So, how were your holidays? What did you do? Are you living in a place where your children STILL HAVEN’T GONE BACK TO SCHOOL? Hopefully tomorrow, they will be back in the saddle, and you will, too, with whatever you’re doing. I have never been so happy to be getting back into a routine in my entire life.
Don’t get me wrong, I love the holidays–and as a Sandwich Generationer, I believe we made several important memories this past season, including a grandparent/grandchild visit to Our Lady of the Snows “Way of Lights,” where the kiddos rode a camel (only $6 a piece for a 2 minute camel ride–what a bargain! 😉 ); a terrific “Dill” family Christmas at my parents’ house with my cousins and the 9-month old twins, while my hubby stayed at home and writhed in bed with the flu; and going to the movies on New Year’s Day (where we did not sit in front of anyone) to see Frozen, which was awesome! But as a writer or anyone with a home business knows, you get either NOTHING or VERY LITTLE done with all this holiday excitement. Then just when we think life is about to get back to normal–the Christmas tree is down, thank you notes are written, laundry is done for school clothes, grandparents are scheduled to babysit–the North Pole comes to the Midwest. Everything came to a halt–no mail–not even Fed Ex.
Anyway, enough complaining–after being in my house from Saturday at 1:30 pm CST to Tuesday morning 9:30 am (with an energetic 3-year-old girl and a 4-year-old boxer) because of a foot of snow and subzero temperatures–all right I’m still complaining, I’m thrilled to be sitting in Panera Bread writing this post and trying to think of something full of wisdom to say.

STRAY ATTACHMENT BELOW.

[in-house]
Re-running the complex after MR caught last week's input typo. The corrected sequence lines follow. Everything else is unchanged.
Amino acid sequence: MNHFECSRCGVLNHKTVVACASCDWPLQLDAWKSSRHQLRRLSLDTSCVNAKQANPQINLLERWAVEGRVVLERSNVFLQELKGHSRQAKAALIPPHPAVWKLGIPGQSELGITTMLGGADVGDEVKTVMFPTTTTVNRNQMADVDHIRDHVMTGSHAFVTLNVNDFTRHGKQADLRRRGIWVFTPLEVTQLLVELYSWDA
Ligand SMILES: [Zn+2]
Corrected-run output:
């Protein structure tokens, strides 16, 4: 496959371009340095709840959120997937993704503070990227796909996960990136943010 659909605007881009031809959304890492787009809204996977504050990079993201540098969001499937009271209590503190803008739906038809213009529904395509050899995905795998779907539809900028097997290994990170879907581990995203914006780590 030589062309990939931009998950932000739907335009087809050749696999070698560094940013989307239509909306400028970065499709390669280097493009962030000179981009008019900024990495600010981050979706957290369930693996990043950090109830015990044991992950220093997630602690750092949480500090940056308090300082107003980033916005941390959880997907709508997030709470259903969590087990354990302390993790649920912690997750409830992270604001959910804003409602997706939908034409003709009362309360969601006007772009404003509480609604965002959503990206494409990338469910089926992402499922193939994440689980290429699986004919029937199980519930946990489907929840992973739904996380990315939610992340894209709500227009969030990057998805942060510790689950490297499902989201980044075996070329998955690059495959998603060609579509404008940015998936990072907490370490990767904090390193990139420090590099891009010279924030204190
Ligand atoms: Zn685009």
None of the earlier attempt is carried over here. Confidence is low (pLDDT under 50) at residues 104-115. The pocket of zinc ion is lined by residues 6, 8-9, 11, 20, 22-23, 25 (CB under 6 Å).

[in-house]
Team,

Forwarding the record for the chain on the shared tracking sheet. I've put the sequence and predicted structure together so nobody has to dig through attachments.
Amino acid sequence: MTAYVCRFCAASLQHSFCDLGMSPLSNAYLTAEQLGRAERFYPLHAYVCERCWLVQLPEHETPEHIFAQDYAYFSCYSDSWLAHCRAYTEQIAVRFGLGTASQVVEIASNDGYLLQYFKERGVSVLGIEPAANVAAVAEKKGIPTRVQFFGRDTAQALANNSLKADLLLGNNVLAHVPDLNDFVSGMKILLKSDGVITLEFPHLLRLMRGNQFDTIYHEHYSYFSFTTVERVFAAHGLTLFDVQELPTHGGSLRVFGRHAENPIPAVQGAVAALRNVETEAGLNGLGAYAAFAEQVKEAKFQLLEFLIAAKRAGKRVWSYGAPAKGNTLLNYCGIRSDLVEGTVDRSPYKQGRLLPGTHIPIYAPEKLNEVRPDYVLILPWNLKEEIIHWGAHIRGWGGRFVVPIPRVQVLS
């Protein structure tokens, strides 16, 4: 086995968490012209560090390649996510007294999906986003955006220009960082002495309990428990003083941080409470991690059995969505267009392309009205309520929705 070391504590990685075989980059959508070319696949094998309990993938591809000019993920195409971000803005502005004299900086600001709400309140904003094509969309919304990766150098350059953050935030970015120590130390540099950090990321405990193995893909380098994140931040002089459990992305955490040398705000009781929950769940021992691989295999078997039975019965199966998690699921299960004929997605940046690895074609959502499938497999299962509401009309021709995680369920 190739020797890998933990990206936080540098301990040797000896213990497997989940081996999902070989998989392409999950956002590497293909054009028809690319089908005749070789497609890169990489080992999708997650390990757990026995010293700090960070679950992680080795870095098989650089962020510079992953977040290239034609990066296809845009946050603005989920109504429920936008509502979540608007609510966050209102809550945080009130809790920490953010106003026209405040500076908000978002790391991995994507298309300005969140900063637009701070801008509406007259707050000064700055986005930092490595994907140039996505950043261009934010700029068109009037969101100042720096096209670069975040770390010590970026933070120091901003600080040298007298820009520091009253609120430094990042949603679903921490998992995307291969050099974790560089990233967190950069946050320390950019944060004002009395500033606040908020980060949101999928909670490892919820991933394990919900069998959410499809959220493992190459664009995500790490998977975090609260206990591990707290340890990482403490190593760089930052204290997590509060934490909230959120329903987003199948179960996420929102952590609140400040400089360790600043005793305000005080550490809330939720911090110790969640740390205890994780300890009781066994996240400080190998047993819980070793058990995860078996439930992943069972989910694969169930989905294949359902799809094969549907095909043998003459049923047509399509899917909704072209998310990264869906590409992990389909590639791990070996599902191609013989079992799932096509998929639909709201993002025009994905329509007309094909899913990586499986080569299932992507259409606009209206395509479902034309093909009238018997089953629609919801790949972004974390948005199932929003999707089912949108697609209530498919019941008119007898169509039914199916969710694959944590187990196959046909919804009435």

Here’s what I’ve come up with: Routine gets old. We start to hate our work, find other reasons to do anything else, eat food we are not supposed to, drink things we shouldn’t because we are tired of routine. (Okay, I am confessing to you here–but I hope you are nodding along with me.) We might even start to snap at or appreciate a little less the wonderful people in our lives: the grandparents that babysit for free and remind you it is snowing and to stay inside, the husband who shoveled the snow but tracked his boots all over the clean floor, the three-year-old who is hysterical and cute but STILL NOT POTTY TRAINED, the 13-year-old who is so gentle with his sister but broke the TV–okay, okay, you can see I have had quite an adventure the last two weeks.
The holidays make you appreciate these people again–you have fun, you buy them gifts, you create special memories, and then the best part–you are once again thankful for your routine and for them because you had the holidays to let loose. I think we need Christmas in July for the very same reason (but no July Christmas cards–that would be the death of me).
A lot of people have said this year they are not making resolutions–they are making themes. A theme can be something like: Get Creative, Get To Work, Be Thankful. I’m on board with this (although I also have resolutions to lose weight, get more sleep, finish my YA novel, and look for an agent), and I have a theme–I finally came up with it right now–BE APPRECIATIVE–every single day.